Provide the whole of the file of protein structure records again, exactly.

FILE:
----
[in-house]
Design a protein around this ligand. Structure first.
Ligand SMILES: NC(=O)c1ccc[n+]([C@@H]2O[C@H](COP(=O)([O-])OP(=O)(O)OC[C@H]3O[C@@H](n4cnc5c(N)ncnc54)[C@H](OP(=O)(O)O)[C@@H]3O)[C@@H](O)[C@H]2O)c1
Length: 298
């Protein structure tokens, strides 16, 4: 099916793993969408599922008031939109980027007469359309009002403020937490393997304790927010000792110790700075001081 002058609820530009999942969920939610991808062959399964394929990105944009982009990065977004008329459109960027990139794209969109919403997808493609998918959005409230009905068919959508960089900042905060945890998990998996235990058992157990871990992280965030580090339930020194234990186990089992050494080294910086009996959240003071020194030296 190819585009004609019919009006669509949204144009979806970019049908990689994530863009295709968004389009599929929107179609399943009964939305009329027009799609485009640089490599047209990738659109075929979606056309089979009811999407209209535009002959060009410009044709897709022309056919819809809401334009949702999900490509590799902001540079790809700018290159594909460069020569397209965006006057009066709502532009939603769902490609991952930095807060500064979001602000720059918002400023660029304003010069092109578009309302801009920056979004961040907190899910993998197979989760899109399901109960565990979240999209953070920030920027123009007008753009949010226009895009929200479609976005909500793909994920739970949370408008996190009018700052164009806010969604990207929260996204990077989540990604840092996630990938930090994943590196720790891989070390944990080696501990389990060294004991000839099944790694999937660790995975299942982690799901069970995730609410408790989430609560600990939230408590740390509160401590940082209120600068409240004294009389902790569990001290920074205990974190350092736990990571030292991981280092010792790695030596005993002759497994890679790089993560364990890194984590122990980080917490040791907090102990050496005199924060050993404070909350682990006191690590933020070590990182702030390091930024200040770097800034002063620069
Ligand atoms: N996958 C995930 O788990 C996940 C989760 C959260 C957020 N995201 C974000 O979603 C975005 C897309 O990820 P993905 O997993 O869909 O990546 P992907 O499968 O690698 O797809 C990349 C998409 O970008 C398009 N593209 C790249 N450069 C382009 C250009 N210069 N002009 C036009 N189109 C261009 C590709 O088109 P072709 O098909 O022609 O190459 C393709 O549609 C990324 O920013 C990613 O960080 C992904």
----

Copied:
[in-house]
Design a protein around this ligand. Structure first.
Ligand SMILES: NC(=O)c1ccc[n+]([C@@H]2O[C@H](COP(=O)([O-])OP(=O)(O)OC[C@H]3O[C@@H](n4cnc5c(N)ncnc54)[C@H](OP(=O)(O)O)[C@@H]3O)[C@@H](O)[C@H]2O)c1
Length: 298
């Protein structure tokens, strides 16, 4: 099916793993969408599922008031939109980027007469359309009002403020937490393997304790927010000792110790700075001081 002058609820530009999942969920939610991808062959399964394929990105944009982009990065977004008329459109960027990139794209969109919403997808493609998918959005409230009905068919959508960089900042905060945890998990998996235990058992157990871990992280965030580090339930020194234990186990089992050494080294910086009996959240003071020194030296 190819585009004609019919009006669509949204144009979806970019049908990689994530863009295709968004389009599929929107179609399943009964939305009329027009799609485009640089490599047209990738659109075929979606056309089979009811999407209209535009002959060009410009044709897709022309056919819809809401334009949702999900490509590799902001540079790809700018290159594909460069020569397209965006006057009066709502532009939603769902490609991952930095807060500064979001602000720059918002400023660029304003010069092109578009309302801009920056979004961040907190899910993998197979989760899109399901109960565990979240999209953070920030920027123009007008753009949010226009895009929200479609976005909500793909994920739970949370408008996190009018700052164009806010969604990207929260996204990077989540990604840092996630990938930090994943590196720790891989070390944990080696501990389990060294004991000839099944790694999937660790995975299942982690799901069970995730609410408790989430609560600990939230408590740390509160401590940082209120600068409240004294009389902790569990001290920074205990974190350092736990990571030292991981280092010792790695030596005993002759497994890679790089993560364990890194984590122990980080917490040791907090102990050496005199924060050993404070909350682990006191690590933020070590990182702030390091930024200040770097800034002063620069
Ligand atoms: N996958 C995930 O788990 C996940 C989760 C959260 C957020 N995201 C974000 O979603 C975005 C897309 O990820 P993905 O997993 O869909 O990546 P992907 O499968 O690698 O797809 C990349 C998409 O970008 C398009 N593209 C790249 N450069 C382009 C250009 N210069 N002009 C036009 N189109 C261009 C590709 O088109 P072709 O098909 O022609 O190459 C393709 O549609 C990324 O920013 C990613 O960080 C992904």